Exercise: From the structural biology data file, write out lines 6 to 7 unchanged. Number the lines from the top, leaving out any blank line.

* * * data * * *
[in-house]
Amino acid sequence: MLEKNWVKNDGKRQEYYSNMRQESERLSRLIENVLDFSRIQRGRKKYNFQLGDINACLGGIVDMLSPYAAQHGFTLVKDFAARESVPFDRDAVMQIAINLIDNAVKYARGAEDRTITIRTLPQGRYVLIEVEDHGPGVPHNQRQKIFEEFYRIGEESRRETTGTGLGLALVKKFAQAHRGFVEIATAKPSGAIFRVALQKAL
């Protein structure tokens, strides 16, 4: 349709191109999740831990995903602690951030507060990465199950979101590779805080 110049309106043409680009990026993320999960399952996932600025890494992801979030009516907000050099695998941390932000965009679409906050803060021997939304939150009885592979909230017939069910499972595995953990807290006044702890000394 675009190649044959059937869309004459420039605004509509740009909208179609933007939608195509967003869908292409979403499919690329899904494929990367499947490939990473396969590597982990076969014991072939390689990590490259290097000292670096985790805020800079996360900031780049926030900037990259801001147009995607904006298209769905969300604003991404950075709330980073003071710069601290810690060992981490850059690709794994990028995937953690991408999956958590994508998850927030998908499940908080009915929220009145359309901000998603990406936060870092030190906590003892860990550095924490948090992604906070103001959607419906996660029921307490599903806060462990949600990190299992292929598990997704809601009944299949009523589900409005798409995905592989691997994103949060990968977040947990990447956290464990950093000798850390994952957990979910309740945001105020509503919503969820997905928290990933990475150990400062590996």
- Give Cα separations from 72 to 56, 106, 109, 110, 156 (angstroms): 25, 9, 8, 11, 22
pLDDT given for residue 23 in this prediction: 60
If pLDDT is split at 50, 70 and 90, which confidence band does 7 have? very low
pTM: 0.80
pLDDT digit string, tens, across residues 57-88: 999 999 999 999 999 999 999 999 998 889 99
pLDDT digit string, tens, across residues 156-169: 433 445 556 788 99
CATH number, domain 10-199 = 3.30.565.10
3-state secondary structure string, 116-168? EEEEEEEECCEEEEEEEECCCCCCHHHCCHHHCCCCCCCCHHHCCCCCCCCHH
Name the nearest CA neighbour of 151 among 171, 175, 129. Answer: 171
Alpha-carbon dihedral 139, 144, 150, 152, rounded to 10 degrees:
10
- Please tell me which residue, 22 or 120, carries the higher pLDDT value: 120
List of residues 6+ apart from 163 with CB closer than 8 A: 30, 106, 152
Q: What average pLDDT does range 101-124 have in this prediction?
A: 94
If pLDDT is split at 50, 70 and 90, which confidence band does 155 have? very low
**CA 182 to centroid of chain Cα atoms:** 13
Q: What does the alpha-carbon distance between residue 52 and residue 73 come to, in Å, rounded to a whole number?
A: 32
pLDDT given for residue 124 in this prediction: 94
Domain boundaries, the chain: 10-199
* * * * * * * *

If pLDDT is split at 50, 70 and 90, which confidence band does 7 have? very low
pTM: 0.80